ITHACA, N.Y. -- During last week's enervating hot spell in the Northeast, the discomfort was not entirely due to the heat or the relative humidity. The real culprit, say Cornell University climatologists, was the high dew point.
The dew point is the day-to-day measure of humidity in the atmosphere. Another critical measure is the "design dew point" -- the maximum humidity level at which air-conditioning systems can operate efficiently in different regions.
According to the Northeast Regional Climate Center (NRCC) at Cornell, in 13 major Northeast cities last week, high dew points exceeded the design dew points -- meaning that the humidity exceeded the engineering specifications of air-conditioning systems, causing them to operate inefficiently, use more energy and lessen their cooling effect.
Boston's design dew point is 72 degrees, but the dew point there on July 18 was 76 degrees. The high temperature that day was a seasonal 86 degrees, but when combined with the high dew point, the heat index (what it felt like) rose to 96 degrees.
Meanwhile, the design dew point in Wilmington, Del., is 75 degrees, but the dew point on July 17 was 78 degrees. When that high dew point mixed with the day's high temperature (87 degrees), the result was a heat index temperature of 99 degrees.
On July 18, Syracuse, N.Y., tied its all-time record high dew point temperature of 77 degrees, set July 4, 1999. That dew point boosted the 91 degrees high temperature to a heat index of 104 degrees.
Not only has the Northeast seen high dew points, but they have persisted for weeks. So far this season, Albany, N.Y., and Pittsburgh have set new records for the number of days with 70-degree or higher dew points: Albany with 20 days, and Pittsburgh with 26 days.
Energy researchers use the design dew point as a convenient and meaningful threshold, explained Dan Graybeal, a research climatologist at the NRCC. Design dew points for U.S. and world cities are published by the American Society of Heating, Refrigeration and Air-Conditioning Engineers. "The Northeast has had high energy demand," he said. "Exceeding the design dew point is an important factor in that high energy demand. The result is that, along with the high temperatures, air conditioning systems -- which are also dehumidifiers -- are being asked to carry quite a heavy load, even beyond their efficiency breakpoint," he said.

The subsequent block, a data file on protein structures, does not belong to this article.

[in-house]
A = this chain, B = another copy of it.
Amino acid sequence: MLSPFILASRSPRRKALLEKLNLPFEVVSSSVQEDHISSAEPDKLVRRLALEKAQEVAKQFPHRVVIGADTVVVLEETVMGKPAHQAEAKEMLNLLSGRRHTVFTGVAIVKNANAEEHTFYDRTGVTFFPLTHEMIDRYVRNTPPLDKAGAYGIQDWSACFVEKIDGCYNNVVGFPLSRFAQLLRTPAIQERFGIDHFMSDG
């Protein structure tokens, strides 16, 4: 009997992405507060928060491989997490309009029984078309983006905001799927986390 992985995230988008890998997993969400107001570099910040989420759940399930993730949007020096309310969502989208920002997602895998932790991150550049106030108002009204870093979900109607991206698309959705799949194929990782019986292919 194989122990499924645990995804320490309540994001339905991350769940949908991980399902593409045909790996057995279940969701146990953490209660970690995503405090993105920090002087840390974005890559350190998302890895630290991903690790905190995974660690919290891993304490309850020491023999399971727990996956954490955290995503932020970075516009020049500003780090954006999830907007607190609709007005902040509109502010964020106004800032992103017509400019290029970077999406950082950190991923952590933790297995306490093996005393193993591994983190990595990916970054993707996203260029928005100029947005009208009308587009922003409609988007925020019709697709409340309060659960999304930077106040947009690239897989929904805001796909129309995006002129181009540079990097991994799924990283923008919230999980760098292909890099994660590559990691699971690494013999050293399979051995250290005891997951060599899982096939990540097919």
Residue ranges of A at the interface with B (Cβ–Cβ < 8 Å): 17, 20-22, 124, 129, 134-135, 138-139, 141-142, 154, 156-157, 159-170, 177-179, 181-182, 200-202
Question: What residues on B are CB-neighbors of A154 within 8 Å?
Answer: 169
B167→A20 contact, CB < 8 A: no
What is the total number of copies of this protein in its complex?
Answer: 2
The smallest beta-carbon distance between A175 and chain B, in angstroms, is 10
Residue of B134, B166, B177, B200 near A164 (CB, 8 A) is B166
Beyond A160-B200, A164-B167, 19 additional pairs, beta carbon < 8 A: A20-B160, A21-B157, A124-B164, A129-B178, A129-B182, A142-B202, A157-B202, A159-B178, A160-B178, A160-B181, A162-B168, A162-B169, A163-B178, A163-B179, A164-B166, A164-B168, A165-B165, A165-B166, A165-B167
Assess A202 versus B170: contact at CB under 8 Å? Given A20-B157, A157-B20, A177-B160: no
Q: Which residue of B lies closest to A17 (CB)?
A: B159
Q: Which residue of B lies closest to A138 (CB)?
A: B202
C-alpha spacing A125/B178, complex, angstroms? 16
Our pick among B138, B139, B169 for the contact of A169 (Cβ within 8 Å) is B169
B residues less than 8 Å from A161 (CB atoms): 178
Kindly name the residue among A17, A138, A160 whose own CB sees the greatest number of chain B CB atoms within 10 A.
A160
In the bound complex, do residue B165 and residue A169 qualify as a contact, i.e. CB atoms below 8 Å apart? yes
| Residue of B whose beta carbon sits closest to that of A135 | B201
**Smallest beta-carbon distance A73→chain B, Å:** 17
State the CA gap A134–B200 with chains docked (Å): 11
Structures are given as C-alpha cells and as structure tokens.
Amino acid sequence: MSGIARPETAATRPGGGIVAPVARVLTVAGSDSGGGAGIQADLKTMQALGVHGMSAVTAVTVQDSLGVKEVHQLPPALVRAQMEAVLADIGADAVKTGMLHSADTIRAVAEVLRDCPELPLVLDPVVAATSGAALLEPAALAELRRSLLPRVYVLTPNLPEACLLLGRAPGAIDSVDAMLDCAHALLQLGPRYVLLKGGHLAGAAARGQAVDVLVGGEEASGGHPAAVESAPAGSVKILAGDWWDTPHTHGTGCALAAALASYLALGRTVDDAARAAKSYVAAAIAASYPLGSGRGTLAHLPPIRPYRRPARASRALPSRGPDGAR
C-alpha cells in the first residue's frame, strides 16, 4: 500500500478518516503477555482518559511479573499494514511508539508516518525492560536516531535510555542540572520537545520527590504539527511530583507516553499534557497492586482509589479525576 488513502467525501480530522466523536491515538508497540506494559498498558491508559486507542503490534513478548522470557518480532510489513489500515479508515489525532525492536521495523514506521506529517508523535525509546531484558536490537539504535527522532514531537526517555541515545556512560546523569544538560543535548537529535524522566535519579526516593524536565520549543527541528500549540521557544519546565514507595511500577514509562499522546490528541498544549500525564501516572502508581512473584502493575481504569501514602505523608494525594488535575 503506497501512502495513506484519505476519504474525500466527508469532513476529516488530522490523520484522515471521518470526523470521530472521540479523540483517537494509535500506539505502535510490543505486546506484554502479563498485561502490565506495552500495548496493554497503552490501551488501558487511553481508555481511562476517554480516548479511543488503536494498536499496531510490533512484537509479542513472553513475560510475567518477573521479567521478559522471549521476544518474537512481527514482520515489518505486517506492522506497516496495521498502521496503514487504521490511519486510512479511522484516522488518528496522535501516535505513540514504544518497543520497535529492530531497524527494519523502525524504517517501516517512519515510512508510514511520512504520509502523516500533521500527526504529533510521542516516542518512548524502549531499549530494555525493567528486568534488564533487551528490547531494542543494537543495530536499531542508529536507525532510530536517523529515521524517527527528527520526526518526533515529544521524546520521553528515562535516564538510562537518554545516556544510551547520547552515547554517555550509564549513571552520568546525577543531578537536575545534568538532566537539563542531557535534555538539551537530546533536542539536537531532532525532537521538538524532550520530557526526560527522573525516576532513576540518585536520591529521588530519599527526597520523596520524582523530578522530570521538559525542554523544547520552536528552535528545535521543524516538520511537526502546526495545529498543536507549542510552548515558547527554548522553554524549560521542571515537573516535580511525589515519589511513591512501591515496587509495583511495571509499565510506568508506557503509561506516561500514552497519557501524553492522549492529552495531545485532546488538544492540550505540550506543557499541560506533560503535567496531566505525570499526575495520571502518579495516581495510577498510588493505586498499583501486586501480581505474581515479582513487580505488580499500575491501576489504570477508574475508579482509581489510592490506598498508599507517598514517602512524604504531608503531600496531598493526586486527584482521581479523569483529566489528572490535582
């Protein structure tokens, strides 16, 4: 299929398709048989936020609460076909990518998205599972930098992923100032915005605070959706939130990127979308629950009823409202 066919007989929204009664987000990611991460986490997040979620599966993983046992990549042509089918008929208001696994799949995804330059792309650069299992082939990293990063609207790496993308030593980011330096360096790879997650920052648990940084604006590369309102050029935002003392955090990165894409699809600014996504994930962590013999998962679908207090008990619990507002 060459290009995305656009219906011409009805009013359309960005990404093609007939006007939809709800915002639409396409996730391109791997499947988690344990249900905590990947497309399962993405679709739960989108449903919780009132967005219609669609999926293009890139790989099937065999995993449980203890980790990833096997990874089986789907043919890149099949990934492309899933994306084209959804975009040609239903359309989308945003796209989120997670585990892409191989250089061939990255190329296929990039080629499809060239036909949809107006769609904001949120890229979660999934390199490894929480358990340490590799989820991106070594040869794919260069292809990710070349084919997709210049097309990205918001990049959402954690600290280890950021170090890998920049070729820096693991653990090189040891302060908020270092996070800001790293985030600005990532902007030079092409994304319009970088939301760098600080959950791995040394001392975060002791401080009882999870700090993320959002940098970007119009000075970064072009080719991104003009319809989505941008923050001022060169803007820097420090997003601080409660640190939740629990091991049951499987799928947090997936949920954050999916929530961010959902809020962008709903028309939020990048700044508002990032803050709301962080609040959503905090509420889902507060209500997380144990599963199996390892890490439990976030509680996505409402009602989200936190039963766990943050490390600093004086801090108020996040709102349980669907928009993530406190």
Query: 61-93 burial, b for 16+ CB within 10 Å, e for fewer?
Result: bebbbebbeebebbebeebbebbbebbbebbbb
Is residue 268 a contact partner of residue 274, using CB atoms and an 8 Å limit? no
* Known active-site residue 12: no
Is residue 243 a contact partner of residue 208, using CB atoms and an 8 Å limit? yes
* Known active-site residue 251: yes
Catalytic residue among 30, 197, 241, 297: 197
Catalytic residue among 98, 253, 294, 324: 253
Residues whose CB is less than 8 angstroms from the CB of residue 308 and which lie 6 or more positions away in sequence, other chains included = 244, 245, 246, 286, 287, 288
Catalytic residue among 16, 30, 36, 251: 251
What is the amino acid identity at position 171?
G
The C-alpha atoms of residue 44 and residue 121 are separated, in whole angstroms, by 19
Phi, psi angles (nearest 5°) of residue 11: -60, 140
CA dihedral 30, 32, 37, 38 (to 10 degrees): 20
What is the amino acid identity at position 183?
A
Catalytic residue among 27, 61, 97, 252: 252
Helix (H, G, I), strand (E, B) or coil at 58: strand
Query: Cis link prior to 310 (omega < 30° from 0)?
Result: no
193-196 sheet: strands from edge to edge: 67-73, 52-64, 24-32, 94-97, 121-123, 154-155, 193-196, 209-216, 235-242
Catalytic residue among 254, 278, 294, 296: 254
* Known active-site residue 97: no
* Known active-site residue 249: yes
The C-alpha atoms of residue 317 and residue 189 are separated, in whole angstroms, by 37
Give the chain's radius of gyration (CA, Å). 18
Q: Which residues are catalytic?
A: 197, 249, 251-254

"Generally speaking, this is the Northeast's first hot summer in three years, marked by the return of the dominance of the Bermuda High," said Graybeal. The warm humid air flowing into the Northeast from the south has been exacerbated by muggy air created by moisture from decaying tropical storms -- Arlene and Dennis -- as they diminished over the Mississippi and Ohio river valleys. The storm remnants were carried over the region, bringing thunderstorms and high humidity. "These high dew points do not stem from local moisture sources, as much of the region has been drier than normal in rainfall this season," Graybeal said.
Relative humidity expresses the drying power of the air and is a percentage -- the ratio of the air's moisture content to how much moisture the air could sustain at its temperature. Because of this dependence on temperature, the relative humidity varies throughout the day, from high readings in the morning to low readings at midafternoon.
The dew point expresses the day-to-day moisture content of the air in terms of a temperature -- that is the temperature at which condensation occurs. "Dew point can be visualized by considering a beverage container in a muggy room," said Graybeal. "If the beverage is cooler than the dew point of the air in the room, condensation occurs on the container. It's a familiar summertime condition."